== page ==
Developing Strategies to Measure SORNA Implementation Costs and Public Safety Benefits

Other Funding
  • Program Type
    Other Funding
  • Funding Award
  • Eligibilty Requirements (Y/N)

To improve the effectiveness of sex offender registration and notification programs in the United States, Congress passed the Sex Offender Registration and Notification Act (SORNA) as part of the Adam Walsh Child Protection and Safety Act of 2006 (Public Law 109-248).

NIJ’s SORNA Challenge seeks creative and innovative research strategies for future researchers to use when studying (1) the implementation costs associated with complying with SORNA and/or (2) SORNA’s public safety benefits (examples include, but are not limited to, the Act’s general and specific deterrent effects, its effect on law enforcement’s ability to prevent crime, and its effect on the public’s ability to protect itself). Contestants may propose a research strategy for one or both of these sets of issues (“Challenge components”). One cash prize will be awarded for each of these two Challenge components. A proposal addressing only one of the Challenge components is eligible for only one of the prizes, whereas a proposal that addresses both Challenge components will be eligible for both prizes (see Section VI).

Sex offender registration programs serve several important public safety purposes, including tracking sex offenders as they are released into the community, providing information to law enforcement that may assist in investigating crimes and apprehending criminals, curbing sex offender recidivism, and deterring would-be sex offenders. Typically, sex offender registration programs also involve public notices and make information about released sex offenders more broadly available to the public for the purposes of crime prevention and self-protection.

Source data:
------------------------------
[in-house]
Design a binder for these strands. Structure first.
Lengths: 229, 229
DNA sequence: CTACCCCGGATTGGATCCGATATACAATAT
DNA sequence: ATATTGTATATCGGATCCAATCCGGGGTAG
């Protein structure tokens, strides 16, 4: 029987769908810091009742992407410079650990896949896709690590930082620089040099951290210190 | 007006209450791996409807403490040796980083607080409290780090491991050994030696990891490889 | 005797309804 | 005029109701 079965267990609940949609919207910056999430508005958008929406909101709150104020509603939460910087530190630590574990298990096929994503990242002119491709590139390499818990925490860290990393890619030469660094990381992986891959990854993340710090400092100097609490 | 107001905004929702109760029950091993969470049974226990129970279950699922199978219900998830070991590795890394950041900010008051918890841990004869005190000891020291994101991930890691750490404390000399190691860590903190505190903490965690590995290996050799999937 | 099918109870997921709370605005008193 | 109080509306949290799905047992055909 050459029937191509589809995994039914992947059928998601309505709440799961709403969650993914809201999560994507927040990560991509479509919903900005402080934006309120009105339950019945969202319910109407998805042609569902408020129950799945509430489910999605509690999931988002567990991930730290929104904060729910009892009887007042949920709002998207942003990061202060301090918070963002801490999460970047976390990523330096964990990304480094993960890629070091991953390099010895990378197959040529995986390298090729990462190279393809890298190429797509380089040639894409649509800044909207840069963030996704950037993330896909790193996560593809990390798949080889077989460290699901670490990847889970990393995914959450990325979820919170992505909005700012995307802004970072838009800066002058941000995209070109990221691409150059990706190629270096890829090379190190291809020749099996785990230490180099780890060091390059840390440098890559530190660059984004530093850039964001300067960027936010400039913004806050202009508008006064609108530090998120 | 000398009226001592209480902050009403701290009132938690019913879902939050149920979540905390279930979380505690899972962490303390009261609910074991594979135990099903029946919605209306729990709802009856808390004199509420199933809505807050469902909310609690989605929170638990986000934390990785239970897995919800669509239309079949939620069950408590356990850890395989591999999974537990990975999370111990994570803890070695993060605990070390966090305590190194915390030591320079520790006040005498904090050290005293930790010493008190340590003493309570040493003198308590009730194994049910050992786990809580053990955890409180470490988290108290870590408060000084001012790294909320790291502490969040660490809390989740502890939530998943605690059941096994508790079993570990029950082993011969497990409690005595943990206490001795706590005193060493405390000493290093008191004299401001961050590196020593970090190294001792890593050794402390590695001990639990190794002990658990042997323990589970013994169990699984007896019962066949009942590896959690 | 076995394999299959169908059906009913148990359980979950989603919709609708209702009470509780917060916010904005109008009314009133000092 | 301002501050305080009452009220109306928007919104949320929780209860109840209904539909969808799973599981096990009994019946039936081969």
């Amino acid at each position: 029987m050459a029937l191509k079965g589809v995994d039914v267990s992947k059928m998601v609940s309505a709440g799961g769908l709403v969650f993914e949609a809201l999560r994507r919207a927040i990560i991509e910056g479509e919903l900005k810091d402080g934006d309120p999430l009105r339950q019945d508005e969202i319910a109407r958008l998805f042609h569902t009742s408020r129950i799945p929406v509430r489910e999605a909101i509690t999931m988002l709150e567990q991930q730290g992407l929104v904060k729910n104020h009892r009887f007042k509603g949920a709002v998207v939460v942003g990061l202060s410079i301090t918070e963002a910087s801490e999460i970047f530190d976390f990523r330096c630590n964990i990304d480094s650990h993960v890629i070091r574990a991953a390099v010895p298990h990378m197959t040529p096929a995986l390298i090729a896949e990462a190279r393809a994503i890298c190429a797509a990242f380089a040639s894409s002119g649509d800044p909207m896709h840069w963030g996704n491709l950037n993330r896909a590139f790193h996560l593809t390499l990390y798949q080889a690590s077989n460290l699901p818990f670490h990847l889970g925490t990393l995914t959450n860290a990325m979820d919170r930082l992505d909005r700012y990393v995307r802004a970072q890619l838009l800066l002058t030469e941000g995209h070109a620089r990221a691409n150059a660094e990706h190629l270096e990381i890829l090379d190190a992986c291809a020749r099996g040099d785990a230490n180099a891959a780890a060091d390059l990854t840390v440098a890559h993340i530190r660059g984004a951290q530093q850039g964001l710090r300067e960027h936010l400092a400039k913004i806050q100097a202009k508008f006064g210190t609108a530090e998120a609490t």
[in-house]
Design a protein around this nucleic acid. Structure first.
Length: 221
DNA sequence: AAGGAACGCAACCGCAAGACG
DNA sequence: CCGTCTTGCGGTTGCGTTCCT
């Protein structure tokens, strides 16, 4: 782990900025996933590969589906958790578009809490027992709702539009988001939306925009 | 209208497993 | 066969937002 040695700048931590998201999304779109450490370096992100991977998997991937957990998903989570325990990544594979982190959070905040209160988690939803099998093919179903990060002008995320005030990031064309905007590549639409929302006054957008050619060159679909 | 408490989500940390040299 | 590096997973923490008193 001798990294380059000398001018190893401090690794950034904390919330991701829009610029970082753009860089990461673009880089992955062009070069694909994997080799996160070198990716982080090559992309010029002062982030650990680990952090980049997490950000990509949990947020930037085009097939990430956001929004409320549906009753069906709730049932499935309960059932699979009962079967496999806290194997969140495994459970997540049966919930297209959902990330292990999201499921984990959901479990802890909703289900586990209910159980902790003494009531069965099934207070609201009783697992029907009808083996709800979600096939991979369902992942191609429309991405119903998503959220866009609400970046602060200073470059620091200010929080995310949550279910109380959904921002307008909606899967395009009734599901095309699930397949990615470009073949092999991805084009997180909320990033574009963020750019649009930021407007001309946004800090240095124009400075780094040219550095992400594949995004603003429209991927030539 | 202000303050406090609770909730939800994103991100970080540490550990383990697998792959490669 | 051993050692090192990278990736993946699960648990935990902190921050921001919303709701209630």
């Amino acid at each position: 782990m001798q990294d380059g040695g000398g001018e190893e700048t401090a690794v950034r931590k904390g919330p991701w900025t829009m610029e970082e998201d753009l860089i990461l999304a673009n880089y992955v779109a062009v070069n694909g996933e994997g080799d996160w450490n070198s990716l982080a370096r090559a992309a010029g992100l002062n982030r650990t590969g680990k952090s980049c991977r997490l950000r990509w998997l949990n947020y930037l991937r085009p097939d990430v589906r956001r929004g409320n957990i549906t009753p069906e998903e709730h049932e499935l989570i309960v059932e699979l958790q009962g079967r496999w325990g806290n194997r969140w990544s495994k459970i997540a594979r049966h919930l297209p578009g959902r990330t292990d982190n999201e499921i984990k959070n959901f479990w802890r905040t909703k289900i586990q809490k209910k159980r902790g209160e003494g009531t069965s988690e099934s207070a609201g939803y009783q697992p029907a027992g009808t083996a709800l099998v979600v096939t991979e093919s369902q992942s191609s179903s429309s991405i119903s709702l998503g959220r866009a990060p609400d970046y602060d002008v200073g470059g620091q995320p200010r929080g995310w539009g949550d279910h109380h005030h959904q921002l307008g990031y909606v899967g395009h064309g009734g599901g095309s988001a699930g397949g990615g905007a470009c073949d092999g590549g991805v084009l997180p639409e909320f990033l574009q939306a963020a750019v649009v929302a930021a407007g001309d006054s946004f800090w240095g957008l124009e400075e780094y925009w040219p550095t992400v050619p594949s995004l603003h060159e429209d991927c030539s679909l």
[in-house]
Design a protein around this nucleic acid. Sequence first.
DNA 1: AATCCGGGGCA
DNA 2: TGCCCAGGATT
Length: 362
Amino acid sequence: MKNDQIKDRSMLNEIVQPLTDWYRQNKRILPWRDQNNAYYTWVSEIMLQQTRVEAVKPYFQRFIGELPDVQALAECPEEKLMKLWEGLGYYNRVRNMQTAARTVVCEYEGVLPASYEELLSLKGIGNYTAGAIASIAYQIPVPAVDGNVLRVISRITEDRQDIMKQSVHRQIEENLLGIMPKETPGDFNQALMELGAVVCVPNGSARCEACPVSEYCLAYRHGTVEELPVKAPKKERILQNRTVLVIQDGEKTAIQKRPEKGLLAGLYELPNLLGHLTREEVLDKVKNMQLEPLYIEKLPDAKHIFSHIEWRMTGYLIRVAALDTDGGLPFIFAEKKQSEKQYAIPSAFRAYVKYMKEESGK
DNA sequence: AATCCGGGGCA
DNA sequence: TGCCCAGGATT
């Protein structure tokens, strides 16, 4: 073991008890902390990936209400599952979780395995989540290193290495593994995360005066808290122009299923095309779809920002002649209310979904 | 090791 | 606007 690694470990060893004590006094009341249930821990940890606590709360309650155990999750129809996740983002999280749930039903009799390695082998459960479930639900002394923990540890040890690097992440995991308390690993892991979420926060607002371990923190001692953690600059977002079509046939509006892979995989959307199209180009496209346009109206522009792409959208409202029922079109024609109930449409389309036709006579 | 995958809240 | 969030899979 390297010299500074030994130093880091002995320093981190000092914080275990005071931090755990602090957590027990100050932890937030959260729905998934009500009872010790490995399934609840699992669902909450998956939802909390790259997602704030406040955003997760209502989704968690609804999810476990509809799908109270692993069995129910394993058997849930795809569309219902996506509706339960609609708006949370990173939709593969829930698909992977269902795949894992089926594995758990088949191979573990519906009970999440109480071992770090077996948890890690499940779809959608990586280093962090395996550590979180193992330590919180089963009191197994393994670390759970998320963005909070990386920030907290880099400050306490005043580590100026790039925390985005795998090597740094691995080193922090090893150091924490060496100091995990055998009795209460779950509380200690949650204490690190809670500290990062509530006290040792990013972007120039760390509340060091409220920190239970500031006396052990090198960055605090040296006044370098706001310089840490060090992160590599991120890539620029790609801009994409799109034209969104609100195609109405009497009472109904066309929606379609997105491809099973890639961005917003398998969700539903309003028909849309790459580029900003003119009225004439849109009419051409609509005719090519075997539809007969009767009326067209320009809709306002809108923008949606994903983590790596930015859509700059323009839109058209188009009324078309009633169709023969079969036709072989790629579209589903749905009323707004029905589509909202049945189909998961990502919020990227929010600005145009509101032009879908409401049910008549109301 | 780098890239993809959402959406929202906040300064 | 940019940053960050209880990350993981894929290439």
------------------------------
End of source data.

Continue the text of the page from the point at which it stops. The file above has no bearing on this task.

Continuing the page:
Empirical research on sex offenders has grown over the past decade, but no study to date has examined the multifaceted effects of SORNA, specifically the wide range of costs that have been or may be incurred in implementing SORNA, or the public safety benefits achieved with SORNA compliance.

This Challenge seeks to advance the sex offender research literature by developing a comprehensive strategy for further research measuring SORNA’s costs and public safety benefits. It provides an opportunity for practitioners and researchers to think creatively about how broadly to define, operationalize and ultimately measure those costs and benefits.

Tailoring Policies for Effective Sex Offender Re-entry Into Communities

Future Phases

Check out an overview of each competition phase below - complete rules for each phase will be released as the competition progresses.

Let’s Get Started.

To apply or join the program, please submit an application.